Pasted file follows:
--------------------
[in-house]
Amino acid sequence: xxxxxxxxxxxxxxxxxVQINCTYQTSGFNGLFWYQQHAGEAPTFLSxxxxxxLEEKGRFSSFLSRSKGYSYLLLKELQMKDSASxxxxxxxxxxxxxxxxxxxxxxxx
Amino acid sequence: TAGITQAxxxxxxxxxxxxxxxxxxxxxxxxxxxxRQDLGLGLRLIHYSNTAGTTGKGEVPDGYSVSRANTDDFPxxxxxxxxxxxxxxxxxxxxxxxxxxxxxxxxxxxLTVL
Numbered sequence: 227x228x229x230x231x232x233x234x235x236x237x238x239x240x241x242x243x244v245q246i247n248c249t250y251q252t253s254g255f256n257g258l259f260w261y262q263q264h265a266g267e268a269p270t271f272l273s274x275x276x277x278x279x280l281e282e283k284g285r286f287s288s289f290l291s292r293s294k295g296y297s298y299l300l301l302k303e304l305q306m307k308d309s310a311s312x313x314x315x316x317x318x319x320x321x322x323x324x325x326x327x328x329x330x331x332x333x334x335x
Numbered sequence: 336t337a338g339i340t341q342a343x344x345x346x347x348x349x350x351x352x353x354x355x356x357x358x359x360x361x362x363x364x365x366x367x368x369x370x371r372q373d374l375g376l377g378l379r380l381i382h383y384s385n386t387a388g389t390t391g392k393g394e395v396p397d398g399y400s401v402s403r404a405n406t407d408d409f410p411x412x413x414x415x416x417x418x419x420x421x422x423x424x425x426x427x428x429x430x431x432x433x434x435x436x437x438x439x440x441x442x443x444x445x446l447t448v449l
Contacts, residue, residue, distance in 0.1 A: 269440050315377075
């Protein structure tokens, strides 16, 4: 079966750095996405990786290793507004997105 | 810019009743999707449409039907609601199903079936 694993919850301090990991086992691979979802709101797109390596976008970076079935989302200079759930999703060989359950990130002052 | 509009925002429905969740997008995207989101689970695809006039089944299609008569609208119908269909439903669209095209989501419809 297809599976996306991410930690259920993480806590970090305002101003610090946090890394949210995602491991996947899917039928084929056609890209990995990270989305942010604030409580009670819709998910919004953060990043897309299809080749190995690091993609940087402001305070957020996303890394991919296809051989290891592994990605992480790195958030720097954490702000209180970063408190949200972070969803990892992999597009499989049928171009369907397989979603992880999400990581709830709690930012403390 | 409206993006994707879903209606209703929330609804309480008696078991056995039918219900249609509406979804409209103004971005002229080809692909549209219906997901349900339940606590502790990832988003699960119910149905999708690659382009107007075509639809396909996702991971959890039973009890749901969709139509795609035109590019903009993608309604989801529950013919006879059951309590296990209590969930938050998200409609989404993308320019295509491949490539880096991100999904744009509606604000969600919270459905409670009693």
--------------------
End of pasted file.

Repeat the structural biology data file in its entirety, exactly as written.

[in-house]
Amino acid sequence: xxxxxxxxxxxxxxxxxVQINCTYQTSGFNGLFWYQQHAGEAPTFLSxxxxxxLEEKGRFSSFLSRSKGYSYLLLKELQMKDSASxxxxxxxxxxxxxxxxxxxxxxxx
Amino acid sequence: TAGITQAxxxxxxxxxxxxxxxxxxxxxxxxxxxxRQDLGLGLRLIHYSNTAGTTGKGEVPDGYSVSRANTDDFPxxxxxxxxxxxxxxxxxxxxxxxxxxxxxxxxxxxLTVL
Numbered sequence: 227x228x229x230x231x232x233x234x235x236x237x238x239x240x241x242x243x244v245q246i247n248c249t250y251q252t253s254g255f256n257g258l259f260w261y262q263q264h265a266g267e268a269p270t271f272l273s274x275x276x277x278x279x280l281e282e283k284g285r286f287s288s289f290l291s292r293s294k295g296y297s298y299l300l301l302k303e304l305q306m307k308d309s310a311s312x313x314x315x316x317x318x319x320x321x322x323x324x325x326x327x328x329x330x331x332x333x334x335x
Numbered sequence: 336t337a338g339i340t341q342a343x344x345x346x347x348x349x350x351x352x353x354x355x356x357x358x359x360x361x362x363x364x365x366x367x368x369x370x371r372q373d374l375g376l377g378l379r380l381i382h383y384s385n386t387a388g389t390t391g392k393g394e395v396p397d398g399y400s401v402s403r404a405n406t407d408d409f410p411x412x413x414x415x416x417x418x419x420x421x422x423x424x425x426x427x428x429x430x431x432x433x434x435x436x437x438x439x440x441x442x443x444x445x446l447t448v449l
Contacts, residue, residue, distance in 0.1 A: 269440050315377075
């Protein structure tokens, strides 16, 4: 079966750095996405990786290793507004997105 | 810019009743999707449409039907609601199903079936 694993919850301090990991086992691979979802709101797109390596976008970076079935989302200079759930999703060989359950990130002052 | 509009925002429905969740997008995207989101689970695809006039089944299609008569609208119908269909439903669209095209989501419809 297809599976996306991410930690259920993480806590970090305002101003610090946090890394949210995602491991996947899917039928084929056609890209990995990270989305942010604030409580009670819709998910919004953060990043897309299809080749190995690091993609940087402001305070957020996303890394991919296809051989290891592994990605992480790195958030720097954490702000209180970063408190949200972070969803990892992999597009499989049928171009369907397989979603992880999400990581709830709690930012403390 | 409206993006994707879903209606209703929330609804309480008696078991056995039918219900249609509406979804409209103004971005002229080809692909549209219906997901349900339940606590502790990832988003699960119910149905999708690659382009107007075509639809396909996702991971959890039973009890749901969709139509795609035109590019903009993608309604989801529950013919006879059951309590296990209590969930938050998200409609989404993308320019295509491949490539880096991100999904744009509606604000969600919270459905409670009693």